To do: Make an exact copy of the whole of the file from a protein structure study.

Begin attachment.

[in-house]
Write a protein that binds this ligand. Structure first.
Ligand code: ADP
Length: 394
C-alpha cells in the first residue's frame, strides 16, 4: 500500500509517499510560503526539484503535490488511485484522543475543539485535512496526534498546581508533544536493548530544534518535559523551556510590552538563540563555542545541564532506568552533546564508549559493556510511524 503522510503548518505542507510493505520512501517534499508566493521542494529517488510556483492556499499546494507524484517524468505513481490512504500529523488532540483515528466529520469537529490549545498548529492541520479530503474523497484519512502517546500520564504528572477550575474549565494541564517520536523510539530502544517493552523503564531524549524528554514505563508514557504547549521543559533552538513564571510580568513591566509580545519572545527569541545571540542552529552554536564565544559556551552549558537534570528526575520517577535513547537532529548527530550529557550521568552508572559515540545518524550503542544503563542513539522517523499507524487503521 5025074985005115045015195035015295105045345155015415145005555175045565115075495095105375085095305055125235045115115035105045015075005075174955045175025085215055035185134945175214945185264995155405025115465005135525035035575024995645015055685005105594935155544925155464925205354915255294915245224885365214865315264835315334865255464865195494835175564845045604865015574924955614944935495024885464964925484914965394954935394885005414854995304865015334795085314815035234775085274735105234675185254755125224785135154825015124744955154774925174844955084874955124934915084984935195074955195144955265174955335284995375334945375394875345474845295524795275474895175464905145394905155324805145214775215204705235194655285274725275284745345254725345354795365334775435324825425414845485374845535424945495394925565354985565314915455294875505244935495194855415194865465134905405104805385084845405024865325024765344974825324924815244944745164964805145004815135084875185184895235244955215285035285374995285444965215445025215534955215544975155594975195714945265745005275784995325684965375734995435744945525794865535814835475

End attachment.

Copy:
[in-house]
Write a protein that binds this ligand. Structure first.
Ligand code: ADP
Length: 394
C-alpha cells in the first residue's frame, strides 16, 4: 500500500509517499510560503526539484503535490488511485484522543475543539485535512496526534498546581508533544536493548530544534518535559523551556510590552538563540563555542545541564532506568552533546564508549559493556510511524 503522510503548518505542507510493505520512501517534499508566493521542494529517488510556483492556499499546494507524484517524468505513481490512504500529523488532540483515528466529520469537529490549545498548529492541520479530503474523497484519512502517546500520564504528572477550575474549565494541564517520536523510539530502544517493552523503564531524549524528554514505563508514557504547549521543559533552538513564571510580568513591566509580545519572545527569541545571540542552529552554536564565544559556551552549558537534570528526575520517577535513547537532529548527530550529557550521568552508572559515540545518524550503542544503563542513539522517523499507524487503521 5025074985005115045015195035015295105045345155015415145005555175045565115075495095105375085095305055125235045115115035105045015075005075174955045175025085215055035185134945175214945185264995155405025115465005135525035035575024995645015055685005105594935155544925155464925205354915255294915245224885365214865315264835315334865255464865195494835175564845045604865015574924955614944935495024885464964925484914965394954935394885005414854995304865015334795085314815035234775085274735105234675185254755125224785135154825015124744955154774925174844955084874955124934915084984935195074955195144955265174955335284995375334945375394875345474845295524795275474895175464905145394905155324805145214775215204705235194655285274725275284745345254725345354795365334775435324825425414845485374845535424945495394925565354985565314915455294875505244935495194855415194865465134905405104805385084845405024865325024765344974825324924815244944745164964805145004815135084875185184895235244955215285035285374995285444965215445025215534955215544975155594975195714945265745005275784995325684965375734995435744945525794865535814835475